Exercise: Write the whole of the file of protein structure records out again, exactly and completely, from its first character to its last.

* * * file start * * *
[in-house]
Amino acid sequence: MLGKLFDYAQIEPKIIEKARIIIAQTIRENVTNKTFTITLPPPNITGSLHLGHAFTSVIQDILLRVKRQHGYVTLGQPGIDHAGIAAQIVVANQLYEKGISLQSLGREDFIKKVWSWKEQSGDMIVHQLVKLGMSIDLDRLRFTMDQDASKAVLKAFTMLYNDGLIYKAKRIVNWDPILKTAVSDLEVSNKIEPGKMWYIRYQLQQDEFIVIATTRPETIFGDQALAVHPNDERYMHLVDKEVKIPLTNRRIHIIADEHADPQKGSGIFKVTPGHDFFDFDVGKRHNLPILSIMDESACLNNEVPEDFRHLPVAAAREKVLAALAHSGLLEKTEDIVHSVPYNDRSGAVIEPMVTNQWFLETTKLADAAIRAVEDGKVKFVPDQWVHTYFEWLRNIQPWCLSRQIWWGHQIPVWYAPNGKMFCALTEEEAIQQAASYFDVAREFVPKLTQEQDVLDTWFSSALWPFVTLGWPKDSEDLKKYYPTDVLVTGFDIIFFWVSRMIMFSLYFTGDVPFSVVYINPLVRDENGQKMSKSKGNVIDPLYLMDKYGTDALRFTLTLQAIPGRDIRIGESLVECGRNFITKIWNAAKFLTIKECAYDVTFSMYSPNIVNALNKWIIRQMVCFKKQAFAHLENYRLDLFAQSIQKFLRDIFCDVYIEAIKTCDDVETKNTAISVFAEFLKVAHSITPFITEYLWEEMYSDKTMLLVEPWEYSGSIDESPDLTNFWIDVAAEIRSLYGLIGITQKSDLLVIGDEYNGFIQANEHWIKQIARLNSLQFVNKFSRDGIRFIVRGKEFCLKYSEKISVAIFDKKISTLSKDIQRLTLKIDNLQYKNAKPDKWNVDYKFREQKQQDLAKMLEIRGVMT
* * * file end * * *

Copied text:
[in-house]
Amino acid sequence: MLGKLFDYAQIEPKIIEKARIIIAQTIRENVTNKTFTITLPPPNITGSLHLGHAFTSVIQDILLRVKRQHGYVTLGQPGIDHAGIAAQIVVANQLYEKGISLQSLGREDFIKKVWSWKEQSGDMIVHQLVKLGMSIDLDRLRFTMDQDASKAVLKAFTMLYNDGLIYKAKRIVNWDPILKTAVSDLEVSNKIEPGKMWYIRYQLQQDEFIVIATTRPETIFGDQALAVHPNDERYMHLVDKEVKIPLTNRRIHIIADEHADPQKGSGIFKVTPGHDFFDFDVGKRHNLPILSIMDESACLNNEVPEDFRHLPVAAAREKVLAALAHSGLLEKTEDIVHSVPYNDRSGAVIEPMVTNQWFLETTKLADAAIRAVEDGKVKFVPDQWVHTYFEWLRNIQPWCLSRQIWWGHQIPVWYAPNGKMFCALTEEEAIQQAASYFDVAREFVPKLTQEQDVLDTWFSSALWPFVTLGWPKDSEDLKKYYPTDVLVTGFDIIFFWVSRMIMFSLYFTGDVPFSVVYINPLVRDENGQKMSKSKGNVIDPLYLMDKYGTDALRFTLTLQAIPGRDIRIGESLVECGRNFITKIWNAAKFLTIKECAYDVTFSMYSPNIVNALNKWIIRQMVCFKKQAFAHLENYRLDLFAQSIQKFLRDIFCDVYIEAIKTCDDVETKNTAISVFAEFLKVAHSITPFITEYLWEEMYSDKTMLLVEPWEYSGSIDESPDLTNFWIDVAAEIRSLYGLIGITQKSDLLVIGDEYNGFIQANEHWIKQIARLNSLQFVNKFSRDGIRFIVRGKEFCLKYSEKISVAIFDKKISTLSKDIQRLTLKIDNLQYKNAKPDKWNVDYKFREQKQQDLAKMLEIRGVMT